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NabarunGuha
Date of Publish: 2015-10-07

Barriers For a Better Living

 

WWF has successfully engaged locals in a village in Assam to erect a one-of-a-kind low-cost power fencing to curb human-elephant conflict

 Nabarun Guha

Assam has an estimated 16 per cent of the world’s total number of Asian elephants. And with the specie fast dwindling in population, the north-eastern State has become one of the global hotspots for elephant conservation.

However, not much result-oriented effort has been directed towards preserving the elephant habitats of the State, leading the animals to often venture into human habitats in search of food, causing hundreds of deaths – of both elephants and men, and also loss of property.

In fact, the man-elephant conflict has been one of the most perennial problems of the State, leading the Forest department to erect power fences in some villages to curb the 'jumbo' menace. However, such fences have not been able to fully check the entry of elephants into the living areas.

And herein comes an apparent good news. A village in the State’s Sonitpur district has been able to successfully curb elephants from entering it for the last three months by erecting a one-of-a-kind power fence. The fence costs much less than those used by the Forest Department and is also reportedly much more effective in checking human-elephant conflict (HEC).

The experiment has proven successful in the village Hachura Nepali Basti, which has been suffering from HEC for a long time. The villagers have put up the low cost power fences with help from the World Wildlife Fund (WWF).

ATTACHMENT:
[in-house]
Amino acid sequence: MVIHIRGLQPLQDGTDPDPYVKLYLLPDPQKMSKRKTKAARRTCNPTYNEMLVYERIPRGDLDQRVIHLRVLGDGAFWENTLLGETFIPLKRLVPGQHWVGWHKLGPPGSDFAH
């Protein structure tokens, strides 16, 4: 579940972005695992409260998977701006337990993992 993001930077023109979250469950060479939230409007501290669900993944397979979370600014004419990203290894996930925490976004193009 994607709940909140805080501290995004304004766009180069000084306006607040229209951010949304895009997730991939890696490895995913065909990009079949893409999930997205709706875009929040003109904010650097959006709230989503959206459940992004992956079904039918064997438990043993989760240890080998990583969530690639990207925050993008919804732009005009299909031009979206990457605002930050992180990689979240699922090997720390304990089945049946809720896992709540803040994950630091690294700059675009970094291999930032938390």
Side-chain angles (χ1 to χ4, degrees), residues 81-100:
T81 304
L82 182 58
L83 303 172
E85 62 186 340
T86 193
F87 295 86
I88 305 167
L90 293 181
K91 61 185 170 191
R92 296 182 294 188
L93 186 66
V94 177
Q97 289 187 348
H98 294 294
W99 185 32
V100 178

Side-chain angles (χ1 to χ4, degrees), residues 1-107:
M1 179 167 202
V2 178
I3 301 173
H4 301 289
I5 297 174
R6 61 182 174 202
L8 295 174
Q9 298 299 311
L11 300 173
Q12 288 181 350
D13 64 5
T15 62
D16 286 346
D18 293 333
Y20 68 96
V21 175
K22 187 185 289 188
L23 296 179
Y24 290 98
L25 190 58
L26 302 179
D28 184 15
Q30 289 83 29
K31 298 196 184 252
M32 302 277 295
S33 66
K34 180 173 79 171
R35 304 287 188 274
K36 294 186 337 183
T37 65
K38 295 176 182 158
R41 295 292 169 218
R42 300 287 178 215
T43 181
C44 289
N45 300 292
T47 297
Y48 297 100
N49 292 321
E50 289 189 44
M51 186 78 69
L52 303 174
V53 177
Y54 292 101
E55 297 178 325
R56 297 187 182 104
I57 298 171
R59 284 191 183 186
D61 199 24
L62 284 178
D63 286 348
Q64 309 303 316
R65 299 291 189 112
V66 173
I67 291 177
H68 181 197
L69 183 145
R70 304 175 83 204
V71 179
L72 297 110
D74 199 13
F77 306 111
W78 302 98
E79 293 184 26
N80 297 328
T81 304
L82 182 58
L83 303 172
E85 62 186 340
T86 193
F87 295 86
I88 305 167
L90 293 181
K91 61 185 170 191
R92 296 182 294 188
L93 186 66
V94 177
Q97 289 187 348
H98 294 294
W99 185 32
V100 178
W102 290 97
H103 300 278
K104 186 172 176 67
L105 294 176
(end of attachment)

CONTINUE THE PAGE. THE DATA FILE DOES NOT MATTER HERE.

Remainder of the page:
Hiten Baishya, Coordinator, Elephant Conservation, WWF-India, says, “While the power fences installed by the Department of Environment and Forest cost between Rs two and three lakhs, those erected by the villagers come for Rs 15,000 to Rs. 20,000.”  He says a two km long fence has been erected in the village on June 30 this year.  “The village is located in a critical location, leading to many instances of human-elephant conflict  every year. It is adjacent to an abandoned industrial area where the raiding elephant take shelter during day time and also use the place as a refuge during the raiding season," he explains.

On identifying the problem, the WWF mobilised the villagers to agree to replace the old fences with the low-cost power fences. “We formed a committee in the village. Each household contributed some amount of money to the committee to purchase wires and insulators for the fence. They also provided bamboo posts and manpower to erect it. The people actively participated and contributed to the entire exercise," he says.

Both Baishya and villagers say the fence has been able to stop elephants from entering the village. “There have been only two minor damage inflicted on the fence by a loner elephant in the last three months,” says Baishya.

Dil Bahadur Chetry, a village resident,says, "Our village was one of the worst affected. We couldn’t even sleep properly at night. The raiding elephants would eat everything, from coconut, betel nut to the gourds like rangalauand paanilau. Trampling our crops in the fields was a regular occurrence while they would sometimes destroy our houses too. We have 70 households in the village and in the first part of the year itself, six or seven houses were destroyed by elephants.” He says the nearest forest beat,Amrabari, is 10 kms from the village. “So, forest people seldom came on time whenever the elephants attacked our village. They gave us crackers to scare away the elephants but it didn't work,” he says. With the low-cost power fence in place, he claims, “We are having no problem in catching a good night's sleep.”